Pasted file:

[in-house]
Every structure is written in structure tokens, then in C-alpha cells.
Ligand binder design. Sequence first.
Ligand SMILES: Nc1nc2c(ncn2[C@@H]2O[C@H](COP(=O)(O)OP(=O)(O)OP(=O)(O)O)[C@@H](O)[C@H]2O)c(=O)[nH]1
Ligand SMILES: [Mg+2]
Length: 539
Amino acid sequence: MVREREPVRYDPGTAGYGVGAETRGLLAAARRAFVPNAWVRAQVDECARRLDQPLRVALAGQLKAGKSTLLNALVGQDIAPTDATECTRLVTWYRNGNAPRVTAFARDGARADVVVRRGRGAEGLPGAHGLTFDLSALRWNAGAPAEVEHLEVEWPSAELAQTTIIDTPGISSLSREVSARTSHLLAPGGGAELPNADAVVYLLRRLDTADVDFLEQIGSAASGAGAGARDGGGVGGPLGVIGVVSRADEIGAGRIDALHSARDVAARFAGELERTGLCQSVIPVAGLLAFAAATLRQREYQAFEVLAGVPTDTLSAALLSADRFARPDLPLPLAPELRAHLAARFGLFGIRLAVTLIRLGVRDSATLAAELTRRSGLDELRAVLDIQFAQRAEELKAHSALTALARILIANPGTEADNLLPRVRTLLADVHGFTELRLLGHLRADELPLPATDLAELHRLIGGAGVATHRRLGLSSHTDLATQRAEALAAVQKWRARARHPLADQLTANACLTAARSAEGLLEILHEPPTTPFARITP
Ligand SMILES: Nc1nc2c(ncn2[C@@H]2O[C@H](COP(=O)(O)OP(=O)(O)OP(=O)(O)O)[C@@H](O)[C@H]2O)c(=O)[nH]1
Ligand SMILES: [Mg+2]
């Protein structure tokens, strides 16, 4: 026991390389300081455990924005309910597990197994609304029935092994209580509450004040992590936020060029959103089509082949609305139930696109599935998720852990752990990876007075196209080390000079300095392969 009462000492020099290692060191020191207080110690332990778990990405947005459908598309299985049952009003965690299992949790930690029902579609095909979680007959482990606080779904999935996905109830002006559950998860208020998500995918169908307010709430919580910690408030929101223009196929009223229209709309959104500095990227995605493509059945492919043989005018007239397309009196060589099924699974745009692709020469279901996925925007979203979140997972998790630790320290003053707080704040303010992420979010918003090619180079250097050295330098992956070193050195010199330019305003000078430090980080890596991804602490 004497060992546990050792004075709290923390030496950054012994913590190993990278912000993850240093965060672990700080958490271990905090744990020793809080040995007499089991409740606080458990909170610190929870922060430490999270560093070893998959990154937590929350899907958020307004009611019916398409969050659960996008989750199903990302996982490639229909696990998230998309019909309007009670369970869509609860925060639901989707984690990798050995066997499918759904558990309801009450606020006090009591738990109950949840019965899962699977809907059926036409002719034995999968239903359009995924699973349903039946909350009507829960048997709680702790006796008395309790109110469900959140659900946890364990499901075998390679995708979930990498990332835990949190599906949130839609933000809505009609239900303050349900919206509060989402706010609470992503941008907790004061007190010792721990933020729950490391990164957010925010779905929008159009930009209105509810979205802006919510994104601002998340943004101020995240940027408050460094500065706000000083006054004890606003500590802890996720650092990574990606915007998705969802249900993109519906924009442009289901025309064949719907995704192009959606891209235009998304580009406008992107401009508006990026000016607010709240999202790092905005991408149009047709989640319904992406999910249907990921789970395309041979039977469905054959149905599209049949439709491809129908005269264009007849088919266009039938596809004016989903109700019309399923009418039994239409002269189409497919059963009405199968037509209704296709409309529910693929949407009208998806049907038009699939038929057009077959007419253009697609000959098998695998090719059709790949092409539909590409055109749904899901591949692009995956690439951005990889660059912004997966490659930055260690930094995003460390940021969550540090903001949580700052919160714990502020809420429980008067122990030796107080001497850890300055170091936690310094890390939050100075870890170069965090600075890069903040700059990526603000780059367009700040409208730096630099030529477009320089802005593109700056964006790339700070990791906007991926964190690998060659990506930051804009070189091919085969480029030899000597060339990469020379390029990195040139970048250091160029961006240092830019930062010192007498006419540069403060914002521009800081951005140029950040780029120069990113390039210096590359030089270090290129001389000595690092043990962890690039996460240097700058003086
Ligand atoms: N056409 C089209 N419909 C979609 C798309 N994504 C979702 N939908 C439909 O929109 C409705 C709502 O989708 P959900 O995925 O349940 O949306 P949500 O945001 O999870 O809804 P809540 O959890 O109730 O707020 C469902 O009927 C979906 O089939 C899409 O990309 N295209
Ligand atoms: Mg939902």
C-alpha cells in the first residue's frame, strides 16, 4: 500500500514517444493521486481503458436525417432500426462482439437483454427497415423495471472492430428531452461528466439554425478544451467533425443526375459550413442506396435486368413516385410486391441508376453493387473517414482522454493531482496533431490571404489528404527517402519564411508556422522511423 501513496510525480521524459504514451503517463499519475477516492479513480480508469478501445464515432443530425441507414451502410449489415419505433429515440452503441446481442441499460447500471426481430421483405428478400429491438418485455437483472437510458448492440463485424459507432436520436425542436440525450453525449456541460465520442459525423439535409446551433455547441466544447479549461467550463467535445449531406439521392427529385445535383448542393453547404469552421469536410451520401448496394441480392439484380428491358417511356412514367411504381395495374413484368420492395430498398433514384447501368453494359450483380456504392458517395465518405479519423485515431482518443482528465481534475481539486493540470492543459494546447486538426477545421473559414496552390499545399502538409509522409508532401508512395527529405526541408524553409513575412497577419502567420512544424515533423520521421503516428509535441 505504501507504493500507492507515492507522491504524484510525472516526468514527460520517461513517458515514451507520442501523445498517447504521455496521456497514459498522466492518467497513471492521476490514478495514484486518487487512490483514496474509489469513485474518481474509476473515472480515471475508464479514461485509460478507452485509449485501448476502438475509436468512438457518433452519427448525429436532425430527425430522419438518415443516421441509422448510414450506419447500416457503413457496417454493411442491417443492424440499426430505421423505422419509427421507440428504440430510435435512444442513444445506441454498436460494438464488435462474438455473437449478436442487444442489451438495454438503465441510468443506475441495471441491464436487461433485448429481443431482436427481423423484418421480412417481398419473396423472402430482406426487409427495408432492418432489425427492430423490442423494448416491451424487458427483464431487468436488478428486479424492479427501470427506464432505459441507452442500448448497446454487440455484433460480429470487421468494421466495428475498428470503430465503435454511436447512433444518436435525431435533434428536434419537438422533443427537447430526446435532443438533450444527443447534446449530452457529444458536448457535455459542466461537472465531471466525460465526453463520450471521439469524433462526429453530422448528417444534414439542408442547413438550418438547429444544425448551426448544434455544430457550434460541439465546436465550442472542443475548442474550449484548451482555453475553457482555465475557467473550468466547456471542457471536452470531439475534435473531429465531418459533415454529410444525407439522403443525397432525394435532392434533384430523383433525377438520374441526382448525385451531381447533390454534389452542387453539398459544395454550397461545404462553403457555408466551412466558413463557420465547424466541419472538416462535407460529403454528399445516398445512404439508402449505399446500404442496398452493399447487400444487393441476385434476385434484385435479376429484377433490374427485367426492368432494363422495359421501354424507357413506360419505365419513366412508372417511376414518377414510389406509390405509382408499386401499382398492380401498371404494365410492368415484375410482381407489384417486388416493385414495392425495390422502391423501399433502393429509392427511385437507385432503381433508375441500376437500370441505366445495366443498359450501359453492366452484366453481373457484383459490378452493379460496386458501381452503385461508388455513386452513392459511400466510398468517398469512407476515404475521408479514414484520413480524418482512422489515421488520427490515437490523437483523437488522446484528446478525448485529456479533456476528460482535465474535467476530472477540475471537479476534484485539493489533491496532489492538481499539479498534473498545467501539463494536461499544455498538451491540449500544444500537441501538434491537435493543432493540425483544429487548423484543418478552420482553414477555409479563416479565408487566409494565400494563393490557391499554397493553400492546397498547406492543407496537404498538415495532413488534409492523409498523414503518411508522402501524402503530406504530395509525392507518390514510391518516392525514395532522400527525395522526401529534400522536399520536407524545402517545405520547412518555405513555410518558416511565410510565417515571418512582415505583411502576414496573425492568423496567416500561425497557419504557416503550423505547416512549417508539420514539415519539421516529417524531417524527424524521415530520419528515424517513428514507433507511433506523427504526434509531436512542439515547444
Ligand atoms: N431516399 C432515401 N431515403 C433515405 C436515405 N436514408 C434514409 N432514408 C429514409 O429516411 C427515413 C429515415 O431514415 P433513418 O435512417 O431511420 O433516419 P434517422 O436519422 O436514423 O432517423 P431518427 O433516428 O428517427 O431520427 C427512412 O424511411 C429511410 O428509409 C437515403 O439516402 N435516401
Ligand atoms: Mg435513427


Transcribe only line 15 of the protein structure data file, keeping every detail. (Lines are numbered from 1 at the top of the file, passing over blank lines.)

Ligand atoms: Mg435513427